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Dogsledding, From Novice to Marathoner

alpine skiingDogsledding is one winter sport that not many people have tried. It can be expensive and a bit clunky to try. But for those who make the effort, it may just be the best winter sport you have ever experienced! To give you the 101 on dogsledding, let me tell you what I have learned. I went from being a novice, beginner, greenhorn, whatever a person is that has never really done this, to running a sled dog marathon after just five months of training.

By Bill Olson

 

 

 

 

 

 

 

 

 

 

 

 

 

 

 

 

 

 

 

 

 

 

 

 

The fist thing anyone has to learn about this sport is that the dogs are a different breed. They are not your normal house pet. Most sled dogs are Alaskan Huskies, smaller than other types of sled dogs and much faster. They have been bred for speed, temperament and longevity. These sled dogs won't sit, stay or roll over, but they will run for 30 miles without stopping! They are built to run and pull. Their heart and lungs are twice the size of a wolf which allows them to process oxygen for longer periods of time. They are true athletes and your job as a musher is to protect them from running too far and too fast, especially downhill. They can get hurt going at fast speeds on downhills, so you, as their protector, must ride the brake so that they are not running, but trotting, on downhills.

The next lesson is learning how to hook them up properly and quickly! You usually run with 6, 8, 10 or 12 dogs. Usually set up in pairs, from the front to the back are; lead dogs, point dogs, team dogs and wheel dogs. And, usually fastest to slowest. Once the harnesses go on the dogs and are attached to the gang line (the main line from the sled to the lead dogs) they will start going nuts! They are excited to run and pull. This is where mishaps can occur if they are left in a frenzy too long. Then, hook up their tug line (from the back of their harness to the gang line) and their neck line (from their collar to the gang line). Once all dogs are double-checked, off you go, but go slow because the dogs are fresh and will want to go at their top speed. Your job here is to ride the brake a bit to slow them down or they will run themselves out of power too fast.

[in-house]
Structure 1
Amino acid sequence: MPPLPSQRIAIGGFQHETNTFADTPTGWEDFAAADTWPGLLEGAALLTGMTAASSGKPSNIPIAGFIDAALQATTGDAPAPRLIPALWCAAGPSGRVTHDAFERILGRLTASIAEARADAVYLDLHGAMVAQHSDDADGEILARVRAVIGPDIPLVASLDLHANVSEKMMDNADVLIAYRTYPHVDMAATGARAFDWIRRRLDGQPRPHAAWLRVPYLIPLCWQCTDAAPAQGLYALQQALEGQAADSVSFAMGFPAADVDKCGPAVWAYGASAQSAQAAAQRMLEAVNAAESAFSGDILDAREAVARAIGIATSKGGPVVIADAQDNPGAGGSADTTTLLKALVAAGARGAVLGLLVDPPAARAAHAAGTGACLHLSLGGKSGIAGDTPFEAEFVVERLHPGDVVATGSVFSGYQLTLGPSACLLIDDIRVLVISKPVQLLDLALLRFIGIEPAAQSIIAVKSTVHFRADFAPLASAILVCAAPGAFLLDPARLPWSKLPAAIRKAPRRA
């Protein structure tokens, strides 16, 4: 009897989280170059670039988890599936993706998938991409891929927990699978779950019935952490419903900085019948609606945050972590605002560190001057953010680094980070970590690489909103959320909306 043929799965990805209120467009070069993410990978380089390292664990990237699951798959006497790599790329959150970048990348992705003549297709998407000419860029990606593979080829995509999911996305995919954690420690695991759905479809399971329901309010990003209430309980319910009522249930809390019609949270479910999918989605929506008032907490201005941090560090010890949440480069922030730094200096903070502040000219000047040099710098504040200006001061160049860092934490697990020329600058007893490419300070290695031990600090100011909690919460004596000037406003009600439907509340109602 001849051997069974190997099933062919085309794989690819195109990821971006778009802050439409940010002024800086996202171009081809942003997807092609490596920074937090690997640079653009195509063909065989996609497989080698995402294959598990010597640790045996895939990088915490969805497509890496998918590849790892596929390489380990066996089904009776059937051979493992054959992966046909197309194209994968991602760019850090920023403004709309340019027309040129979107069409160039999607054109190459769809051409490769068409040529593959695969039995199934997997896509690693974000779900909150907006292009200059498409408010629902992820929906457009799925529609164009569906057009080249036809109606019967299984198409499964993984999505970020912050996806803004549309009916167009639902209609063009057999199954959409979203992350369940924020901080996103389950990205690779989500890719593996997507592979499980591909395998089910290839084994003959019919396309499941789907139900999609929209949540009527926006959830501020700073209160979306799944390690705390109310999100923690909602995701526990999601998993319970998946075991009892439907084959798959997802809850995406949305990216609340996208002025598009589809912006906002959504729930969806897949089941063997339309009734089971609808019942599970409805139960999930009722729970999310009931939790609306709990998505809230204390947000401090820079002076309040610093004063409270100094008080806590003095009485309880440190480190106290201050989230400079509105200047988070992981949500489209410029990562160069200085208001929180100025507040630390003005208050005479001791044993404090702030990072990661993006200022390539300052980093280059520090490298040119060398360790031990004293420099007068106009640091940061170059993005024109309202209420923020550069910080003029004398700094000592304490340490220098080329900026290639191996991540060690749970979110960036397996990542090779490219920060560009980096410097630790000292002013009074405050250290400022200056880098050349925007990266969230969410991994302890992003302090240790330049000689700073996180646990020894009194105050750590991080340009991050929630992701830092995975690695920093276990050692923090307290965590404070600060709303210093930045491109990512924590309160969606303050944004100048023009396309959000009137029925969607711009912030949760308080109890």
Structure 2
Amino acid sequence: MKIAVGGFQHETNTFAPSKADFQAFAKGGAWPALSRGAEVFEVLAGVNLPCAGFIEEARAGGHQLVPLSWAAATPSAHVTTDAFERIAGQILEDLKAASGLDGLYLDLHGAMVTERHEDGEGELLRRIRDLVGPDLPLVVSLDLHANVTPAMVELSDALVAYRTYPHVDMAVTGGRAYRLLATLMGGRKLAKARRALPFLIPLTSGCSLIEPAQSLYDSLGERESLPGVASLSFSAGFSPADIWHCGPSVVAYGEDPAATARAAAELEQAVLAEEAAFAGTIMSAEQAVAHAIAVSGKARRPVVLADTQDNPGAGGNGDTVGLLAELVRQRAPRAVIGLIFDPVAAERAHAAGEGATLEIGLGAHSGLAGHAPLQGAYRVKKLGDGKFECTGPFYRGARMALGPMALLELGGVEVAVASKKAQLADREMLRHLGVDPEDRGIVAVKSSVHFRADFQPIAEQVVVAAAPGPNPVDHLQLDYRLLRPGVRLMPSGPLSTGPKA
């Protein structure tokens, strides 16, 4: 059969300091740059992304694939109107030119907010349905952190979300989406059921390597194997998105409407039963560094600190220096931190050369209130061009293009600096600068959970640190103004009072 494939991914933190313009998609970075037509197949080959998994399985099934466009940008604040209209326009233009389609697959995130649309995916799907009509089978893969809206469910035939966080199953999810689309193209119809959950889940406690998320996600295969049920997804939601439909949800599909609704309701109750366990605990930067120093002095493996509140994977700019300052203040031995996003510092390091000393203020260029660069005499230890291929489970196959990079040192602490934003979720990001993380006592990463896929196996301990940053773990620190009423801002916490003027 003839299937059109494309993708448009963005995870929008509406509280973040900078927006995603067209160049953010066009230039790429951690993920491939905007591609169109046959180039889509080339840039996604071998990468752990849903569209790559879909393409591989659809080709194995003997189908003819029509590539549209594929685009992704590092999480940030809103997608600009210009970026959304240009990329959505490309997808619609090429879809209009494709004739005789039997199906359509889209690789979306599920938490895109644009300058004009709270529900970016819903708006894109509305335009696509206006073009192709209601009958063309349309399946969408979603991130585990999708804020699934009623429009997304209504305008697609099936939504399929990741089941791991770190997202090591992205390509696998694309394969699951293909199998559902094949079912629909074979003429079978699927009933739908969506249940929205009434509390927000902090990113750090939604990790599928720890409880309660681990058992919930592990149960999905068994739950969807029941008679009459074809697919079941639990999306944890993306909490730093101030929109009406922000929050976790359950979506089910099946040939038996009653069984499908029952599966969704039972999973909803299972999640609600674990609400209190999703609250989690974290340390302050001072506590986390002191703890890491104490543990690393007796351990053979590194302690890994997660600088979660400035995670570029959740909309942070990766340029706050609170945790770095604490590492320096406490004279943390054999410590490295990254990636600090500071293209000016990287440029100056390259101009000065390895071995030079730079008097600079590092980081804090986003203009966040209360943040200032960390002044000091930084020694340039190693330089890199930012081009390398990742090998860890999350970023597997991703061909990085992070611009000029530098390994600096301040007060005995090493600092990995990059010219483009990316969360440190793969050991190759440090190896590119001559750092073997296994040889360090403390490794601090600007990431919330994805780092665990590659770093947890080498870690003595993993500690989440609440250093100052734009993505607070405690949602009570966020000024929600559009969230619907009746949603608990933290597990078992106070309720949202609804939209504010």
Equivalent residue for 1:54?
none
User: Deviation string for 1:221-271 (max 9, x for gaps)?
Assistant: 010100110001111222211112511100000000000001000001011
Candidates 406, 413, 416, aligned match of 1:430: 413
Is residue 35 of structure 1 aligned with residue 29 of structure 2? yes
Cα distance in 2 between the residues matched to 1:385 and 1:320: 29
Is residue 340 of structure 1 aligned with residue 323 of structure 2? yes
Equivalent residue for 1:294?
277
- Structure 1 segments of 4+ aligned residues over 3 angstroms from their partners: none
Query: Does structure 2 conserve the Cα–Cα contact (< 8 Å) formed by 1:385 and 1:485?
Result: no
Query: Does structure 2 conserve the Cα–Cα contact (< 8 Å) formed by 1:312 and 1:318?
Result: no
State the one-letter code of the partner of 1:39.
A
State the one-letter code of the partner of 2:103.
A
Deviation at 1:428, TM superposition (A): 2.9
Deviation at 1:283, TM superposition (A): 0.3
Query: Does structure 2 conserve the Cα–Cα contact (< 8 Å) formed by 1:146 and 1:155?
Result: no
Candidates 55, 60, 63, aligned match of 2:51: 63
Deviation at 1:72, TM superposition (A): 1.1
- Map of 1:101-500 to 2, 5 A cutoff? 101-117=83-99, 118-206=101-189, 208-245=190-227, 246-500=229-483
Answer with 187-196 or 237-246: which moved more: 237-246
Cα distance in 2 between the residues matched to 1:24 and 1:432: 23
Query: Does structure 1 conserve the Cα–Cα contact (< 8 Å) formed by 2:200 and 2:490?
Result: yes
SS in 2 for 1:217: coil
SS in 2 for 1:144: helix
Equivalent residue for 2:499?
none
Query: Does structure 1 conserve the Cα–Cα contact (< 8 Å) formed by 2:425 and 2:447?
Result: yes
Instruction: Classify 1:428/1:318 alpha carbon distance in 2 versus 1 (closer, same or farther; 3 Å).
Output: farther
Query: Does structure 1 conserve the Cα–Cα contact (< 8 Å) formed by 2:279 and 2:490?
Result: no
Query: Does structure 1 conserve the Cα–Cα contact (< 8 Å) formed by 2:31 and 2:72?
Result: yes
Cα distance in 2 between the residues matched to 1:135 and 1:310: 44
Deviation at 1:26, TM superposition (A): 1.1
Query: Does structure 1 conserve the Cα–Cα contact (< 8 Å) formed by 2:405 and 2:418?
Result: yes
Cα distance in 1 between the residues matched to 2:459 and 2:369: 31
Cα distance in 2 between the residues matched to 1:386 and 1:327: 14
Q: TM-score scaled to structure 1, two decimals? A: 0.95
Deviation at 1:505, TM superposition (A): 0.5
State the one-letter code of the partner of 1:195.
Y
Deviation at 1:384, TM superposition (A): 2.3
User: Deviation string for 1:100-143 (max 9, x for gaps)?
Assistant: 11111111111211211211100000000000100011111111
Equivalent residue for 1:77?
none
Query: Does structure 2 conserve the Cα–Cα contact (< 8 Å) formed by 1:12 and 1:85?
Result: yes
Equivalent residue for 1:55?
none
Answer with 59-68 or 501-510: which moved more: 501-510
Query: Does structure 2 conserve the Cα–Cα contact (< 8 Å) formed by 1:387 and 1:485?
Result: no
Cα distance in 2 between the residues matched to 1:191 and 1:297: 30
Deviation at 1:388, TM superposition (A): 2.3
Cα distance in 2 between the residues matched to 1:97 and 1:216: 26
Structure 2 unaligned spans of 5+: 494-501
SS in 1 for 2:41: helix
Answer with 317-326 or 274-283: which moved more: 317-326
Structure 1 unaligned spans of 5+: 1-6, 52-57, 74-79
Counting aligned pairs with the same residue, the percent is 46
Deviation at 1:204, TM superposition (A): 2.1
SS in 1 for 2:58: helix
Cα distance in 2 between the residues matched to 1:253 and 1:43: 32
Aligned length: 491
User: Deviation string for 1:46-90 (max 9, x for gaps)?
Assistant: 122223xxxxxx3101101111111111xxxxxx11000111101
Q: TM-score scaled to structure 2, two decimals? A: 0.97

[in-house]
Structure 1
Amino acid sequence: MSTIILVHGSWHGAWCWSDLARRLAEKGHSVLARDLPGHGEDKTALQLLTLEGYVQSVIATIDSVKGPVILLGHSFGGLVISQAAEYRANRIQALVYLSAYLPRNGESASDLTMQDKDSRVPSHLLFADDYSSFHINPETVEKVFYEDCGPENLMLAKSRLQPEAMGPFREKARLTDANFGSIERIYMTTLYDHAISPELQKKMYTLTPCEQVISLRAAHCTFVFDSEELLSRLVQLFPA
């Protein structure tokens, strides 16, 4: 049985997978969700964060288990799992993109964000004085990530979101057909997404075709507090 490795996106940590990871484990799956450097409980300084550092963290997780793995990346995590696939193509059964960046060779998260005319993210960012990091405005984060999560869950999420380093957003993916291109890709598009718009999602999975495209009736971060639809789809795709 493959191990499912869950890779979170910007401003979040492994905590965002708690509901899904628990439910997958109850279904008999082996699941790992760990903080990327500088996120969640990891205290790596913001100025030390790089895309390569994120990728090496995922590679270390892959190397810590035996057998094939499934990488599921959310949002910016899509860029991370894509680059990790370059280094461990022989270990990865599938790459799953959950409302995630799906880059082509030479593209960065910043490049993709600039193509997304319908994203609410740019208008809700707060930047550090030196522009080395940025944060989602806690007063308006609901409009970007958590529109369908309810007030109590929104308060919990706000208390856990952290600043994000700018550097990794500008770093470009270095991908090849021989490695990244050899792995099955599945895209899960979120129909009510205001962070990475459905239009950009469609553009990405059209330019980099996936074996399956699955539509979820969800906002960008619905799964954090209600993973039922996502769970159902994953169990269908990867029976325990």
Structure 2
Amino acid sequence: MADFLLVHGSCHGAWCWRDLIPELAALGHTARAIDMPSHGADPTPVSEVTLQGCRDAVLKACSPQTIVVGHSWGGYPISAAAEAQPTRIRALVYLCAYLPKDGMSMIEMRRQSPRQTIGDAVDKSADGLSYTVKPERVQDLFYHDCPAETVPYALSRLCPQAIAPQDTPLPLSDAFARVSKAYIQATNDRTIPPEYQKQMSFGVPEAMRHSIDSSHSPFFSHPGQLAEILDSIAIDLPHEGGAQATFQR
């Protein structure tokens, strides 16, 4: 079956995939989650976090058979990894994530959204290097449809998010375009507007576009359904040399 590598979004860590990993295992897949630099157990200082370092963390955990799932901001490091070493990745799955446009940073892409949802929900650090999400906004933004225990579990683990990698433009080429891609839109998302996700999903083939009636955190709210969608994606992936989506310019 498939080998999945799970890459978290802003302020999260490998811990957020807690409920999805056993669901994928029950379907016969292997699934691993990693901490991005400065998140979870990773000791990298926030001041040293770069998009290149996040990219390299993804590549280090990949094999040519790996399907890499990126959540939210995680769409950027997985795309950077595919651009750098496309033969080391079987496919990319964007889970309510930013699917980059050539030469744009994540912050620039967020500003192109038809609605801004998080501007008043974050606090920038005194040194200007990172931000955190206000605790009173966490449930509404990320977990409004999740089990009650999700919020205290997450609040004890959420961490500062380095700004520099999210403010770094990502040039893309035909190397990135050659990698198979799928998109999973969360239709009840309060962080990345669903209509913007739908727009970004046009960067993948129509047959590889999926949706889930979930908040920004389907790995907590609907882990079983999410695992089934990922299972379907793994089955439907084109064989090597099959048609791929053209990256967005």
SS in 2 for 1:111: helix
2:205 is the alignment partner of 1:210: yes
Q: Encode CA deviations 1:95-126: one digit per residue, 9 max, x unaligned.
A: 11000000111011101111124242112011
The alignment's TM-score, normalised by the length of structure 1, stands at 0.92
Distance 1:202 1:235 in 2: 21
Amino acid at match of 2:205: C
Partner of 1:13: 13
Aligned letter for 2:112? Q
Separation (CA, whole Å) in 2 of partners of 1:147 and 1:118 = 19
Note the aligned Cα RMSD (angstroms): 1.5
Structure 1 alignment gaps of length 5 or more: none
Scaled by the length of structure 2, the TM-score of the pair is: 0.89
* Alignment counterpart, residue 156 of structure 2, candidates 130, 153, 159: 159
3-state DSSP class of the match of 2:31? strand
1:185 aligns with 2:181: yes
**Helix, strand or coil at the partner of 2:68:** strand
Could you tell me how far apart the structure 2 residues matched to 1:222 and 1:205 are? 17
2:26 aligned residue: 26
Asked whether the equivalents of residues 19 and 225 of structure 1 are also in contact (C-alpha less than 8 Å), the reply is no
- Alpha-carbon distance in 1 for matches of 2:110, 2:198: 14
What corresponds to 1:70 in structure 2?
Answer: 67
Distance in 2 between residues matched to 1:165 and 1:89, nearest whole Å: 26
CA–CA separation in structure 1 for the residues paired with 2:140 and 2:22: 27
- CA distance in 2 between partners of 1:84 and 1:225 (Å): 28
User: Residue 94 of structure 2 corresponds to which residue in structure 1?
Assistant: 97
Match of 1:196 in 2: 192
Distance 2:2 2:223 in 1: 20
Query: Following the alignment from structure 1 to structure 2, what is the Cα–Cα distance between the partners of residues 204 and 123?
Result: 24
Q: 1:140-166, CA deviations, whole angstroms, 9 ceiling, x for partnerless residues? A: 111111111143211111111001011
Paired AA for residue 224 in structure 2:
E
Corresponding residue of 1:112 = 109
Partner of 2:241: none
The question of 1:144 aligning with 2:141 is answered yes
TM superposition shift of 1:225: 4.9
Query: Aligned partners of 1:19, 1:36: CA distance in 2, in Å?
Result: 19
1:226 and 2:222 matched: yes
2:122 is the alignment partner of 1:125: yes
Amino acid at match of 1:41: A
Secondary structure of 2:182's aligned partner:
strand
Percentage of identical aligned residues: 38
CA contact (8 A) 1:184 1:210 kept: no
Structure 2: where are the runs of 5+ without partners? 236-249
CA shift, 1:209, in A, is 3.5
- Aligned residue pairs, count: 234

Your next step will be learning the commands. “Hike” means go, “Whoa” means stop, “Gee” means go right, and “Haw” means go left. A good lead dog will abide by your commands and turn the direction you want. This, to me, is the most fun part of dog sledding. You are working with your team to accomplish something through voice commands. You are a team and must work together to have a successful run.

Watching the dogs work together is an amazing spectacle. Learning each dog’s name, their strengths, and weaknesses is part of your journey. Going just once will be fun. Going back for more, you will be amazed how much there is to learn, and how rewarding it becomes the more you know and understand the dogs and this wonderful winter activity. In this sport, you never stop learning.

Be advised: you will fall in love with the animals if you spend any time at all with them on the trail. They are one of winter’s best kept secrets and can truly bring you some winter fun!

Your fun this winter starts here

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